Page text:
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1993-1994 Pontiac Firebird

1993 Pontiac Firebird Technical Improvements
The 1993 Pontiac Firebird had numerous technical improvements, including a fortified safety cage and Solar Ray glass.
The 1993 Pontiac Firebird had numerous technical improvements, including a fortified safety cage and Solar Ray glass.
©2007 Publications International, Ltd.

What about technical improvements for the 1993 Pontiac Firebird? They ranged from a fortified safety cage structure and installation of Solar Ray glass to enhanced theft resistance. A delayed electrical relay disabled the door and rear hatch power-unlock functions 30 seconds after being locked from outside. Air conditioners contained CFC-free refrigerant.

Easily-removable exterior panels would allow simplified servicing. Wipers were designed to stick to the windshield at 100 mph, and shut off on command (with no extra swipe)-a minor point that nevertheless reflected Pontiac's desire to eliminate annoyances. Doors were designed to require 40-percent less effort when closing, and the radio and power windows operated for a while after shutting off the ignition. The roomier glovebox supposedly was "designed to hold Detroit yellow pages." Optional T-tops now included a trunk storage rack.

But down to the nitty-gritty: Did the modern Firebird's actual "go" match its stunning new countenance? Well, acceleration ranked as more than adequate with V-6 power, but utterly stellar with a V-8 under foot. Motor Trend managed to hit 60 mph in 6.1 seconds with a Formula edition. "Formula has 99 percent of the Corvette's performance at half the price," they explained, "plus it's got a back seat."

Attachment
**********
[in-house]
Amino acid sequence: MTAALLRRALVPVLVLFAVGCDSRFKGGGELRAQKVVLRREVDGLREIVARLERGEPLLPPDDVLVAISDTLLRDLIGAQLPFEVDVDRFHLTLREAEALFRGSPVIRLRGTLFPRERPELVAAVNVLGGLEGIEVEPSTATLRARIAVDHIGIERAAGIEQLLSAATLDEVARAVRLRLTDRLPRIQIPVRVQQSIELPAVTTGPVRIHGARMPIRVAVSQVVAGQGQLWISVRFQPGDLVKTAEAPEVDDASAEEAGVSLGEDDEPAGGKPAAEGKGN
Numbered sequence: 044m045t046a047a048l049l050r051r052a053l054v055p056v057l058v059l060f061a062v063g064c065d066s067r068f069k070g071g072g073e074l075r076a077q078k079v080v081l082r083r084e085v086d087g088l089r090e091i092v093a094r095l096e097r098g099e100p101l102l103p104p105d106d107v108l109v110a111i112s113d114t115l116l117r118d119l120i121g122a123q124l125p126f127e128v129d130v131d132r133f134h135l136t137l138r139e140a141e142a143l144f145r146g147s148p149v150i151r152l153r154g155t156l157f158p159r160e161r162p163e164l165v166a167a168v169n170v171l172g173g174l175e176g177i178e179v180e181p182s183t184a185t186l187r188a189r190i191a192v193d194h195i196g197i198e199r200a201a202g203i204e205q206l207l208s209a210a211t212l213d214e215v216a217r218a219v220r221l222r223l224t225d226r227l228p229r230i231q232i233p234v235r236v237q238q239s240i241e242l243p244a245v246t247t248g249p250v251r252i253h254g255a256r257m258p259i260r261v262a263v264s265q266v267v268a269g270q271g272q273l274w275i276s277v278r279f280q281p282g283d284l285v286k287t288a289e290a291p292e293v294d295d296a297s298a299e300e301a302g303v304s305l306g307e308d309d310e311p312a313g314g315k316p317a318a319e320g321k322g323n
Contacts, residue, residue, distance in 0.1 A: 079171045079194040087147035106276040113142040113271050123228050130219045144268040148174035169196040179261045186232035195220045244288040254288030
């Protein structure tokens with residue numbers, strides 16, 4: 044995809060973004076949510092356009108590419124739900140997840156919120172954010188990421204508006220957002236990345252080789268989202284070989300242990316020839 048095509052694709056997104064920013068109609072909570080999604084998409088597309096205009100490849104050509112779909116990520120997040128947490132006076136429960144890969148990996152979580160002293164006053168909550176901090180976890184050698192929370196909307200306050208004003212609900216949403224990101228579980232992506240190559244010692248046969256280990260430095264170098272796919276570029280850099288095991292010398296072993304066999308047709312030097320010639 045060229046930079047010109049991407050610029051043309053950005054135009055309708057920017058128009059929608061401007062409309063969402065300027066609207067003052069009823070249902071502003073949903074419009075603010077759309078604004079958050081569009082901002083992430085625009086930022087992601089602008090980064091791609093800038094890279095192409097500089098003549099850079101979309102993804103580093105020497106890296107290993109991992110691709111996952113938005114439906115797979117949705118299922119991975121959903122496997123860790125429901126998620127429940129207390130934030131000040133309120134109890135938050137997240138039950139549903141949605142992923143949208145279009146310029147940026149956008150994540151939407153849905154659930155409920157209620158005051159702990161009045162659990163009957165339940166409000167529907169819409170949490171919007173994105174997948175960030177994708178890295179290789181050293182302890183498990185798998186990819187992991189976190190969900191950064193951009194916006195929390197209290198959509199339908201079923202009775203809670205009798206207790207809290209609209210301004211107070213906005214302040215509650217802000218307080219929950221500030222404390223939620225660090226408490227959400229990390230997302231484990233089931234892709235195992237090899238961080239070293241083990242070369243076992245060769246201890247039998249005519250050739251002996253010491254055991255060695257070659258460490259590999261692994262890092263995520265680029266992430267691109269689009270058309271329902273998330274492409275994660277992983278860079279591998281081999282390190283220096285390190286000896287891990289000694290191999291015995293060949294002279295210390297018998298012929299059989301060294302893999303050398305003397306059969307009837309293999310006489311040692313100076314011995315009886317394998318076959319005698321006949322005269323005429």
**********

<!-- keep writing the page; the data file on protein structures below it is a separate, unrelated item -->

Road & Track registered 0-60 times of 6.3 seconds with its manual-shift Trans Am. Testers for Car and Driver beat those figures with their six-speed Formula, reaching the 60-mph mark in 5.4 seconds and sprinting through the quarter-mile in 14.2 (at 99 mph). Firebird is the "piece we've all lusted after," they insisted, "knowing it was too salacious ever to happen." But happen it did.

Unfortunately, wet-weather traction continued to be a Firebird flaw. Sure, a V-6 Firebird could be controlled well enough, but the high-performance models could be a frightening handful on slick pavement -- just as they'd been for more than two decades. Traction control was anticipated, but wouldn't arrive until later in the 1994 model year -- and then as an option only on selected models.

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